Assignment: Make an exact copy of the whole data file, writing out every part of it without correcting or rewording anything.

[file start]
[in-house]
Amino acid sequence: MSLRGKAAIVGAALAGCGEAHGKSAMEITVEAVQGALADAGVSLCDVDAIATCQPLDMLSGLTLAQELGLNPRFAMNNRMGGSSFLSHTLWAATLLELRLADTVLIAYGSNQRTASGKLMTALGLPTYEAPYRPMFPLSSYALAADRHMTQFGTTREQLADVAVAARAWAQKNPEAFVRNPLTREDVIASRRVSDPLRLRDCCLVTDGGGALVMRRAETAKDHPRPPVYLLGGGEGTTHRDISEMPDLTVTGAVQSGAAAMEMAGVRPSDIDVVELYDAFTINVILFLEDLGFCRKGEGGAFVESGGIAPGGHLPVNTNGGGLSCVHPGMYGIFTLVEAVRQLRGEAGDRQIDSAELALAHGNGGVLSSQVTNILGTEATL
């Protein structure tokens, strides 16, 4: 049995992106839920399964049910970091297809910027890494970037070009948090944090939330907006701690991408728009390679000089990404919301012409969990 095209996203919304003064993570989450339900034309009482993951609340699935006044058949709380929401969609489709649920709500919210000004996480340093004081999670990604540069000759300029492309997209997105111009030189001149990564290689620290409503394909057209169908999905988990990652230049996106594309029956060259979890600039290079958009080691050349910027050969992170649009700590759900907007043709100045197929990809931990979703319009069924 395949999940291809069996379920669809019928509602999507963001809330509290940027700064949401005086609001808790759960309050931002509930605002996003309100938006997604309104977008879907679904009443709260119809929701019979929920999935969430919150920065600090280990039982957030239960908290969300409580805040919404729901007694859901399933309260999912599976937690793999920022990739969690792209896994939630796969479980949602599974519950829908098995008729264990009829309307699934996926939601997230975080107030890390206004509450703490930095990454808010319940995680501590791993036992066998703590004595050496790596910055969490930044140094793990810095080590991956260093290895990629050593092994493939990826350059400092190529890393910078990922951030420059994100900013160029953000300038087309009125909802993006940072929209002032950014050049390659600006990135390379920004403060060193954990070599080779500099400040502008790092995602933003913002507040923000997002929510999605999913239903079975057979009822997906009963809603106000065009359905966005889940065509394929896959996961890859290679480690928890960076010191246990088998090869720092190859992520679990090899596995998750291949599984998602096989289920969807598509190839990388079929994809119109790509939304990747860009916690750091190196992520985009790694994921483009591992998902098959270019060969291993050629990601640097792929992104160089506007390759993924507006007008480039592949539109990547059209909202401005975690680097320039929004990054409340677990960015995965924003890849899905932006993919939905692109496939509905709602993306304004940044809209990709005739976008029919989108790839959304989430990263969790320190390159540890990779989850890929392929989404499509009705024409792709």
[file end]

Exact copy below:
[in-house]
Amino acid sequence: MSLRGKAAIVGAALAGCGEAHGKSAMEITVEAVQGALADAGVSLCDVDAIATCQPLDMLSGLTLAQELGLNPRFAMNNRMGGSSFLSHTLWAATLLELRLADTVLIAYGSNQRTASGKLMTALGLPTYEAPYRPMFPLSSYALAADRHMTQFGTTREQLADVAVAARAWAQKNPEAFVRNPLTREDVIASRRVSDPLRLRDCCLVTDGGGALVMRRAETAKDHPRPPVYLLGGGEGTTHRDISEMPDLTVTGAVQSGAAAMEMAGVRPSDIDVVELYDAFTINVILFLEDLGFCRKGEGGAFVESGGIAPGGHLPVNTNGGGLSCVHPGMYGIFTLVEAVRQLRGEAGDRQIDSAELALAHGNGGVLSSQVTNILGTEATL
């Protein structure tokens, strides 16, 4: 049995992106839920399964049910970091297809910027890494970037070009948090944090939330907006701690991408728009390679000089990404919301012409969990 095209996203919304003064993570989450339900034309009482993951609340699935006044058949709380929401969609489709649920709500919210000004996480340093004081999670990604540069000759300029492309997209997105111009030189001149990564290689620290409503394909057209169908999905988990990652230049996106594309029956060259979890600039290079958009080691050349910027050969992170649009700590759900907007043709100045197929990809931990979703319009069924 395949999940291809069996379920669809019928509602999507963001809330509290940027700064949401005086609001808790759960309050931002509930605002996003309100938006997604309104977008879907679904009443709260119809929701019979929920999935969430919150920065600090280990039982957030239960908290969300409580805040919404729901007694859901399933309260999912599976937690793999920022990739969690792209896994939630796969479980949602599974519950829908098995008729264990009829309307699934996926939601997230975080107030890390206004509450703490930095990454808010319940995680501590791993036992066998703590004595050496790596910055969490930044140094793990810095080590991956260093290895990629050593092994493939990826350059400092190529890393910078990922951030420059994100900013160029953000300038087309009125909802993006940072929209002032950014050049390659600006990135390379920004403060060193954990070599080779500099400040502008790092995602933003913002507040923000997002929510999605999913239903079975057979009822997906009963809603106000065009359905966005889940065509394929896959996961890859290679480690928890960076010191246990088998090869720092190859992520679990090899596995998750291949599984998602096989289920969807598509190839990388079929994809119109790509939304990747860009916690750091190196992520985009790694994921483009591992998902098959270019060969291993050629990601640097792929992104160089506007390759993924507006007008480039592949539109990547059209909202401005975690680097320039929004990054409340677990960015995965924003890849899905932006993919939905692109496939509905709602993306304004940044809209990709005739976008029919989108790839959304989430990263969790320190390159540890990779989850890929392929989404499509009705024409792709």